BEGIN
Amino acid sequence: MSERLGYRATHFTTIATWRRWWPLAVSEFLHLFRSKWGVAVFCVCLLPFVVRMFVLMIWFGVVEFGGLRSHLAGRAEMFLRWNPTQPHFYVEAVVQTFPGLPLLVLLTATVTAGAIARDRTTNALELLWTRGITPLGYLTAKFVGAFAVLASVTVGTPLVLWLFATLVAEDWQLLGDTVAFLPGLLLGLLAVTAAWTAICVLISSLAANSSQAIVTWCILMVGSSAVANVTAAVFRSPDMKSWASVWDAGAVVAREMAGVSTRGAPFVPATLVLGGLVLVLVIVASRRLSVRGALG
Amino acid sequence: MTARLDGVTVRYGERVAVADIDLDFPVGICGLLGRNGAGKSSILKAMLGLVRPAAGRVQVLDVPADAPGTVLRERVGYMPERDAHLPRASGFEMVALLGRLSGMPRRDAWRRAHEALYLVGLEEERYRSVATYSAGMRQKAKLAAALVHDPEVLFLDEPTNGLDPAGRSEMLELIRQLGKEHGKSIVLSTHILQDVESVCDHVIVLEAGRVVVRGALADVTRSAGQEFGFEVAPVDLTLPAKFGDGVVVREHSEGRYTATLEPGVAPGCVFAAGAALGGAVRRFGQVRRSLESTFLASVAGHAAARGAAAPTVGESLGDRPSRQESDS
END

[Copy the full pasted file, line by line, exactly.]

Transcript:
Amino acid sequence: MSERLGYRATHFTTIATWRRWWPLAVSEFLHLFRSKWGVAVFCVCLLPFVVRMFVLMIWFGVVEFGGLRSHLAGRAEMFLRWNPTQPHFYVEAVVQTFPGLPLLVLLTATVTAGAIARDRTTNALELLWTRGITPLGYLTAKFVGAFAVLASVTVGTPLVLWLFATLVAEDWQLLGDTVAFLPGLLLGLLAVTAAWTAICVLISSLAANSSQAIVTWCILMVGSSAVANVTAAVFRSPDMKSWASVWDAGAVVAREMAGVSTRGAPFVPATLVLGGLVLVLVIVASRRLSVRGALG
Amino acid sequence: MTARLDGVTVRYGERVAVADIDLDFPVGICGLLGRNGAGKSSILKAMLGLVRPAAGRVQVLDVPADAPGTVLRERVGYMPERDAHLPRASGFEMVALLGRLSGMPRRDAWRRAHEALYLVGLEEERYRSVATYSAGMRQKAKLAAALVHDPEVLFLDEPTNGLDPAGRSEMLELIRQLGKEHGKSIVLSTHILQDVESVCDHVIVLEAGRVVVRGALADVTRSAGQEFGFEVAPVDLTLPAKFGDGVVVREHSEGRYTATLEPGVAPGCVFAAGAALGGAVRRFGQVRRSLESTFLASVAGHAAARGAAAPTVGESLGDRPSRQESDS